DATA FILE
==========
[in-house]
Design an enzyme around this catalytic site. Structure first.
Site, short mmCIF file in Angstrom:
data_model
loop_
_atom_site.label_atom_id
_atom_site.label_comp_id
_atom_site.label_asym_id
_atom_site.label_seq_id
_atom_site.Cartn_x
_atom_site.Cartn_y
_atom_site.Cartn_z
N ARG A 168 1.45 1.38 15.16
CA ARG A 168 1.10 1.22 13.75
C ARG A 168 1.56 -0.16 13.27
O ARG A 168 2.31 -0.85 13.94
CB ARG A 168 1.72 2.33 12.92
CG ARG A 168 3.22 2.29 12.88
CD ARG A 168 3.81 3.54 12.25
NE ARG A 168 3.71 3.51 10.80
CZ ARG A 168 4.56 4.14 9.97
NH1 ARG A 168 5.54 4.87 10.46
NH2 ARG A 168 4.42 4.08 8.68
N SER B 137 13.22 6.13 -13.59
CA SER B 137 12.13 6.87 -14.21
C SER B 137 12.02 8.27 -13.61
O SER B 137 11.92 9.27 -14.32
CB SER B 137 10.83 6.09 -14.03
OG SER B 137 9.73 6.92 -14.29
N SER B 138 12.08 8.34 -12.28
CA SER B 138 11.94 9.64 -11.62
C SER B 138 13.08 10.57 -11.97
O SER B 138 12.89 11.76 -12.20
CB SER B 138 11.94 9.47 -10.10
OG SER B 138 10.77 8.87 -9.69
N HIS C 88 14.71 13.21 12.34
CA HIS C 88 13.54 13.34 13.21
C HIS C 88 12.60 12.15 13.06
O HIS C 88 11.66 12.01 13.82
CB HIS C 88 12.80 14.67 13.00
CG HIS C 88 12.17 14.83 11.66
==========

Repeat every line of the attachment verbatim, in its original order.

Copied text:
[in-house]
Design an enzyme around this catalytic site. Structure first.
Site, short mmCIF file in Angstrom:
data_model
loop_
_atom_site.label_atom_id
_atom_site.label_comp_id
_atom_site.label_asym_id
_atom_site.label_seq_id
_atom_site.Cartn_x
_atom_site.Cartn_y
_atom_site.Cartn_z
N ARG A 168 1.45 1.38 15.16
CA ARG A 168 1.10 1.22 13.75
C ARG A 168 1.56 -0.16 13.27
O ARG A 168 2.31 -0.85 13.94
CB ARG A 168 1.72 2.33 12.92
CG ARG A 168 3.22 2.29 12.88
CD ARG A 168 3.81 3.54 12.25
NE ARG A 168 3.71 3.51 10.80
CZ ARG A 168 4.56 4.14 9.97
NH1 ARG A 168 5.54 4.87 10.46
NH2 ARG A 168 4.42 4.08 8.68
N SER B 137 13.22 6.13 -13.59
CA SER B 137 12.13 6.87 -14.21
C SER B 137 12.02 8.27 -13.61
O SER B 137 11.92 9.27 -14.32
CB SER B 137 10.83 6.09 -14.03
OG SER B 137 9.73 6.92 -14.29
N SER B 138 12.08 8.34 -12.28
CA SER B 138 11.94 9.64 -11.62
C SER B 138 13.08 10.57 -11.97
O SER B 138 12.89 11.76 -12.20
CB SER B 138 11.94 9.47 -10.10
OG SER B 138 10.77 8.87 -9.69
N HIS C 88 14.71 13.21 12.34
CA HIS C 88 13.54 13.34 13.21
C HIS C 88 12.60 12.15 13.06
O HIS C 88 11.66 12.01 13.82
CB HIS C 88 12.80 14.67 13.00
CG HIS C 88 12.17 14.83 11.66